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One of the buildings uncovered at the Sumerian port town of Abu Tbeirah, its function is still unknown.

4,000-Year-Old Sumerian Port Shows the Famed Civilization Excelled at Sea Too

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Now it’s a desert, but 4000 years ago the ancient site of Abu Tbeirah in southern Iraq was a thriving Sumerian port town. It was a hub where ships set sail for distant lands such as the Indus Valley and returned with Indian treasures. The port is helping write a new chapter in Sumerian history – those folks were more than just inventive farmers.

The discovery of the port came about as preparations began for the 2016 excavations. Mission co-leader archaeologist Licia Romano of La Sapienza University in Italy, told Haaretz that the first evidence of the port was not expected. She said, “We weren’t looking for a harbor. But one day, during a survey of the site, we saw this fox-hole, and looking inside it we caught a glimpse of some clay bricks, which told us there was an ancient structure there.”

That lucky chance led to the unearthing of huge brick ramparts around docks and an artificial basin, which Daily Sabah reports measures 130 meters (426.51 ft.) long, 40 meters (131.23 ft.) wide. It has the capacity of nine Olympics-sized pools and archaeologists think that the Sumerians may have used it as a giant reservoir and tank to stop river flooding.

Aerial view of the ramparts and canal of the ancient Sumerian port at Abu Tbeirah, Iraq.

Aerial view of the ramparts and canal of the ancient Sumerian port at Abu Tbeirah, Iraq. ( Licia Romano )

Excavations also unearthed alabaster vases imported to the region and parts of an Indus Valley civilization necklace. Franco D’Agostino, co-leader of the dig and an Assyriologist at La Sapienza, reflected on the evidence of trade, “We are certain that they had contacts with Iran and the Indus Valley. Finding the port helps us look in a different way at the economy of the Sumerian cities, highlighting an element that was never put in the spotlight.”

Excavating ceramics and bones from the 3rd millennium BC.

Excavating ceramics and bones from the 3rd millennium BC. ( Licia Romano )

Co-leaders Romano and D'Agostino agreed “it is the most ancient port ever to be excavated in Iraq, since the only remains of a port to have been investigated are in [nearby] Ur, but are from about 2,000 years later.” In fact, archaeologists believe Abu Tbeirah was a “satellite” town for the ancient Sumerian capital, Ur .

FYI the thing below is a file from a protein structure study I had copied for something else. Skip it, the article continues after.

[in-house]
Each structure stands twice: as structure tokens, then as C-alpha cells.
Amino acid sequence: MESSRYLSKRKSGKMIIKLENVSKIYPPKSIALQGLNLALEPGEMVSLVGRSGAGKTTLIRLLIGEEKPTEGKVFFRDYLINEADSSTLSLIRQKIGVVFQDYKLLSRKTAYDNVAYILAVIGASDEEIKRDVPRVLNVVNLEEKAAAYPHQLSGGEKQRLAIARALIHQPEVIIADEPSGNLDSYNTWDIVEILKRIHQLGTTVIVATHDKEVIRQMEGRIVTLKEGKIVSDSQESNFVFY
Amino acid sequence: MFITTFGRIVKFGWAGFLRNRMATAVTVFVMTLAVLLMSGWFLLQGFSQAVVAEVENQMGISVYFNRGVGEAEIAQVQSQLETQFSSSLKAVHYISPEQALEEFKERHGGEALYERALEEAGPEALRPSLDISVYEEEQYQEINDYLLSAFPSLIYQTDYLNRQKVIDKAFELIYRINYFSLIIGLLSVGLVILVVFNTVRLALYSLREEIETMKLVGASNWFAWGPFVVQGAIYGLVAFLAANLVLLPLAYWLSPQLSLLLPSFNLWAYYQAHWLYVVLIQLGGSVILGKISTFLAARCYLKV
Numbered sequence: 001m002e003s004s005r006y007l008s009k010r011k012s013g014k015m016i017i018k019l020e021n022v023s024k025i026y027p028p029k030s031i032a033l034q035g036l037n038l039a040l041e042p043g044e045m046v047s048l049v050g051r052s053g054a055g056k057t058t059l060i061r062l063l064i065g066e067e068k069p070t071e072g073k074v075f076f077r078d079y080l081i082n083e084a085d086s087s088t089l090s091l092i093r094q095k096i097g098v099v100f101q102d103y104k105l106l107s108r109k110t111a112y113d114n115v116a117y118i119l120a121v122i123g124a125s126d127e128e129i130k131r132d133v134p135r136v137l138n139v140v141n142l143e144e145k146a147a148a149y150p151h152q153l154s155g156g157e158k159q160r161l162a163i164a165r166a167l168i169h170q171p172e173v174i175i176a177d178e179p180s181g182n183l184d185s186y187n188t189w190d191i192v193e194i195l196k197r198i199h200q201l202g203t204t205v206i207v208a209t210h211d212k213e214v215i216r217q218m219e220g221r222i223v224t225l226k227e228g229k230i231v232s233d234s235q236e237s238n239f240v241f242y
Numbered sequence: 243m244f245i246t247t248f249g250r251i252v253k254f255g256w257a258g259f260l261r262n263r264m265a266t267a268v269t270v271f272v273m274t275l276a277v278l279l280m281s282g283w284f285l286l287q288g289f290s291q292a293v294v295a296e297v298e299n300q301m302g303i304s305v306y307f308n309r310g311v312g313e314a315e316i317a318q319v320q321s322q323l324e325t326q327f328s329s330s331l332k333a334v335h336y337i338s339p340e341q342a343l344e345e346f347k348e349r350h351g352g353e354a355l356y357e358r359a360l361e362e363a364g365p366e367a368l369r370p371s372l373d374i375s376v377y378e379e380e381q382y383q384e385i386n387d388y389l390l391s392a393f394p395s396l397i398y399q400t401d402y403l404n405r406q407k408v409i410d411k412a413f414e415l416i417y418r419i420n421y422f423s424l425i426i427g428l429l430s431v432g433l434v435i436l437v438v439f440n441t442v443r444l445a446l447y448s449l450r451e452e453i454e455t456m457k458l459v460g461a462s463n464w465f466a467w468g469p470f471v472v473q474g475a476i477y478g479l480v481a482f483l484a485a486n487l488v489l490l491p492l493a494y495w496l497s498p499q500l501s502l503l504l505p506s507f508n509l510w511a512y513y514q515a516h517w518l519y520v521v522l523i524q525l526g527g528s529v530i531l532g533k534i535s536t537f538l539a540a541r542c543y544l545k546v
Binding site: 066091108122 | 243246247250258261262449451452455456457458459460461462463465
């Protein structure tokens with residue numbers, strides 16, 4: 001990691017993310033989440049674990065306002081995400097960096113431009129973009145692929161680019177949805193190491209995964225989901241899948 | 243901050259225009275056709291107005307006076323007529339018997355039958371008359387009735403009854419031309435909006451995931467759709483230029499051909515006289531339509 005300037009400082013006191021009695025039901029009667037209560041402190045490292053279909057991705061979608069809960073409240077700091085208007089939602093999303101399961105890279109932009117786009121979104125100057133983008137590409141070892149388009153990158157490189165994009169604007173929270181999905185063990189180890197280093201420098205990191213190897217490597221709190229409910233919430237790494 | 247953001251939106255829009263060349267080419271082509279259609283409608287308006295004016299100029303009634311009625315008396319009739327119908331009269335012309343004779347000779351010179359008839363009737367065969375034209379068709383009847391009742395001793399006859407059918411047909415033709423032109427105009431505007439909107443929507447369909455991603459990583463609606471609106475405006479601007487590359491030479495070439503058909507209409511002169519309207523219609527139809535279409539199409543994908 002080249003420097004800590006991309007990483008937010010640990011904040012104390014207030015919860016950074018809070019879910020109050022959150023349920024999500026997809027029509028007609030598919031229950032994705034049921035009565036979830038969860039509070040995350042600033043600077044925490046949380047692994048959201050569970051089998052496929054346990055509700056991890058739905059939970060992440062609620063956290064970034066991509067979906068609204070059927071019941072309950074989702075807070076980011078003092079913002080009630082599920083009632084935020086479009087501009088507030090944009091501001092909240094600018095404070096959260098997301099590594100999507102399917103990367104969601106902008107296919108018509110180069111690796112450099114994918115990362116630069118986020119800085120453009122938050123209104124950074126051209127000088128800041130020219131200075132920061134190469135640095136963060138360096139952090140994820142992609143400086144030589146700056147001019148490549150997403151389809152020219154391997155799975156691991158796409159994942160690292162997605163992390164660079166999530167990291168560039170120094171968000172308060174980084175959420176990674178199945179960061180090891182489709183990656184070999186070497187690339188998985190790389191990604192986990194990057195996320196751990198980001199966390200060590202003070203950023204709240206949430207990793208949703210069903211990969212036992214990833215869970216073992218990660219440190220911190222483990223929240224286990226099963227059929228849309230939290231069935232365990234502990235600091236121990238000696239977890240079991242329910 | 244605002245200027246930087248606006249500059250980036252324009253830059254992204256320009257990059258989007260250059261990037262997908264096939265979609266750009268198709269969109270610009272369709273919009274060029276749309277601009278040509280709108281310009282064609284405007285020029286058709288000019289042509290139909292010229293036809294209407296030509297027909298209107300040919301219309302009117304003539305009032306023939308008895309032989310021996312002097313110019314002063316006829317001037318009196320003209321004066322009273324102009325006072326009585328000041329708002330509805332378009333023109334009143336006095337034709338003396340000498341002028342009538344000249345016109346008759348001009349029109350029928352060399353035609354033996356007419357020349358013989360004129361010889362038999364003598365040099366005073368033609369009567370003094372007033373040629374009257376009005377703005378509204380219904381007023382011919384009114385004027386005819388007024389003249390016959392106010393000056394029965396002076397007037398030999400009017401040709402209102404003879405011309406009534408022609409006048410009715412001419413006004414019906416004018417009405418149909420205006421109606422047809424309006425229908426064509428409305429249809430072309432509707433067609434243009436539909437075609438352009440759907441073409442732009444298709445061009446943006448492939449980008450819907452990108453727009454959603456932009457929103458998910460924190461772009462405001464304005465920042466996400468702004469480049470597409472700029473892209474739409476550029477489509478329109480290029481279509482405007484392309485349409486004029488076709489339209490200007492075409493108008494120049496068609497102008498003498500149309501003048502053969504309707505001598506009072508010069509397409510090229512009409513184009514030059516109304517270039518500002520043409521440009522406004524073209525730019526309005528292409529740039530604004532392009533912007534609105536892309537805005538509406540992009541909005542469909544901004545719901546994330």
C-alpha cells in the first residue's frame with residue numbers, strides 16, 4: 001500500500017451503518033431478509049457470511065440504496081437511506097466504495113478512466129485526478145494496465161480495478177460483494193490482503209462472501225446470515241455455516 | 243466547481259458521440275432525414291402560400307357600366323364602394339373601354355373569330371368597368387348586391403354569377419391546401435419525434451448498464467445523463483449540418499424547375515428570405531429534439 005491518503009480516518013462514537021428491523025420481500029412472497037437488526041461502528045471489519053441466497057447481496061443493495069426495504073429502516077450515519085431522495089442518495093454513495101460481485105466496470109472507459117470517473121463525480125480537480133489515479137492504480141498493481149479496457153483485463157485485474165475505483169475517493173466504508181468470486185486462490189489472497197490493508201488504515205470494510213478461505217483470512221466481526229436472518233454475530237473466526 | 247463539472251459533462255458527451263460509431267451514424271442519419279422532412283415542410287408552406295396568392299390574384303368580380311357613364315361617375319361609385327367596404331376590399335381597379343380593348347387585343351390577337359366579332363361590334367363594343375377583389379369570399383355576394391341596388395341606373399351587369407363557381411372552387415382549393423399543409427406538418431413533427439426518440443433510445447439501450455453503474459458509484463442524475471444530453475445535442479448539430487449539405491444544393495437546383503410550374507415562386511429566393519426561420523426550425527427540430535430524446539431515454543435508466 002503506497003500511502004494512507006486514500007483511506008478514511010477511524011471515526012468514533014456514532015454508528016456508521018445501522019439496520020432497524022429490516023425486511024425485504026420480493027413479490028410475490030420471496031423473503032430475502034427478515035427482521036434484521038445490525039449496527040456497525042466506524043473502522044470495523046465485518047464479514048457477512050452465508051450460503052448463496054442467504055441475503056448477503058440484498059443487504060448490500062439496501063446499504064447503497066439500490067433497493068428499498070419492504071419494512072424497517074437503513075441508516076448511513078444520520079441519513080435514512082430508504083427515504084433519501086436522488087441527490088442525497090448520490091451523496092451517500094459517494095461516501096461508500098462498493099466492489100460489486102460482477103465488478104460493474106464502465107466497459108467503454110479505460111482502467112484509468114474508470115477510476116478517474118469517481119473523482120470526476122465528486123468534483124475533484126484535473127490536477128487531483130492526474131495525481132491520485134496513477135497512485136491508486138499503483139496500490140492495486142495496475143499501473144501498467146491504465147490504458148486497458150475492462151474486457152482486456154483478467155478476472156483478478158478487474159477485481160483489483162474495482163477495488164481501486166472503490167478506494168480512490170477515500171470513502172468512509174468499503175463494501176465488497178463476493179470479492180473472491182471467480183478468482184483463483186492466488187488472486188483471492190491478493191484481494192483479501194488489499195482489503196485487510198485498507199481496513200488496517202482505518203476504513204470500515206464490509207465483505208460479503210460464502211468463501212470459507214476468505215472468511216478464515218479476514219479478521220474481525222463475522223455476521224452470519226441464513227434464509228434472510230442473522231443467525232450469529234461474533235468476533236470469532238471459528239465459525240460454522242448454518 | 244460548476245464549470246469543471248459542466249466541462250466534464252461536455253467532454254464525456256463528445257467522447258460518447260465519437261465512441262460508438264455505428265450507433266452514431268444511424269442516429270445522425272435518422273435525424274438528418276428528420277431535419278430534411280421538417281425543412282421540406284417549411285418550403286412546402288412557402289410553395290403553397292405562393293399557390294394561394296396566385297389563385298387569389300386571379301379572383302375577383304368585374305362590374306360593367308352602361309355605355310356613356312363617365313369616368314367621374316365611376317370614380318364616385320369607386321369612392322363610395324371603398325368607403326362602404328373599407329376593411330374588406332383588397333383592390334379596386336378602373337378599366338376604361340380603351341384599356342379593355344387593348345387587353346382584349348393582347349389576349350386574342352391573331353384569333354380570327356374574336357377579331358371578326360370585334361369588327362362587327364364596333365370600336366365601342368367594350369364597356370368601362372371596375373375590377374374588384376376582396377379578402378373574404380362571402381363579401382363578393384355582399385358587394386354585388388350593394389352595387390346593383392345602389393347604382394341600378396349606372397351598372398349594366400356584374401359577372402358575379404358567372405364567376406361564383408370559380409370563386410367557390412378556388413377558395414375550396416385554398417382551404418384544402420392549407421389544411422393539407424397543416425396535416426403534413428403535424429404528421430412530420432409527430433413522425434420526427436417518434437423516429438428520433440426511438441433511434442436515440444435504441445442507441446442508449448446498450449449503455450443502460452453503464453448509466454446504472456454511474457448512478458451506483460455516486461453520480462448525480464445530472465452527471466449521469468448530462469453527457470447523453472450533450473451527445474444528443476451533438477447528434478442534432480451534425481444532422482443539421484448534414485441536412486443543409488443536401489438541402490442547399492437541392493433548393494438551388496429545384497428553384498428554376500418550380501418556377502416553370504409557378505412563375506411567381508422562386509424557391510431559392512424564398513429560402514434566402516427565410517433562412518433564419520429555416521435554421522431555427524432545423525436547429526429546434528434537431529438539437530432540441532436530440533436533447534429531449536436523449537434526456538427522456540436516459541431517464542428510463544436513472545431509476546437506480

Artist’s reconstruction of the Sumerian city of Ur.

Artist’s reconstruction of the Sumerian city of Ur. ( Kings Academy )

The Sumerians were the first people to settle Mesopotamia some 7,000 years ago. Their homeland between the Tigris and Euphrates rivers has often been called cradle of civilization. The Sumerian culture had an advanced system of writing, spectacular skills in the arts and architecture, and were knowledgeable on topics such as astronomy and math.

An inscription uncovered in the ruins of a 21st century BC building found next to the port at Abu Tbeirah.

An inscription uncovered in the ruins of a 21st century BC building found next to the port at Abu Tbeirah. ( Licia Romano )

Archaeologists say the discovery of the Sumerian port “will help to write a new chapter in the history of Mesopotamia and its civilization, and also to dispel the notion that the ancient Mesopotamian cities were surrounded (only) by fields of grains and irrigation channels.” [via Sputnik]

They think it may also provide more insight on the impact climate change may have had on the region when it caused extreme drought around 2200 BC. Some scholars believe the drought played a role in the fall of the Akkadians and Egypt’s Old Kingdom. D’Agostino says that the team plans to explore if Abu Tbeirah felt the drought too, which should be evident, as “a mega-drought would have negatively impacted a town that was closely connected to such a fragile ecosystem as the marshlands.”

Plans are also underway to explore a building believed to have been the administrative center and to search for any Sumerian ship remains.

Top Image: One of the buildings uncovered at the Sumerian port town of Abu Tbeirah, its function is still unknown. Source: Licia Romano

By Alicia McDermott

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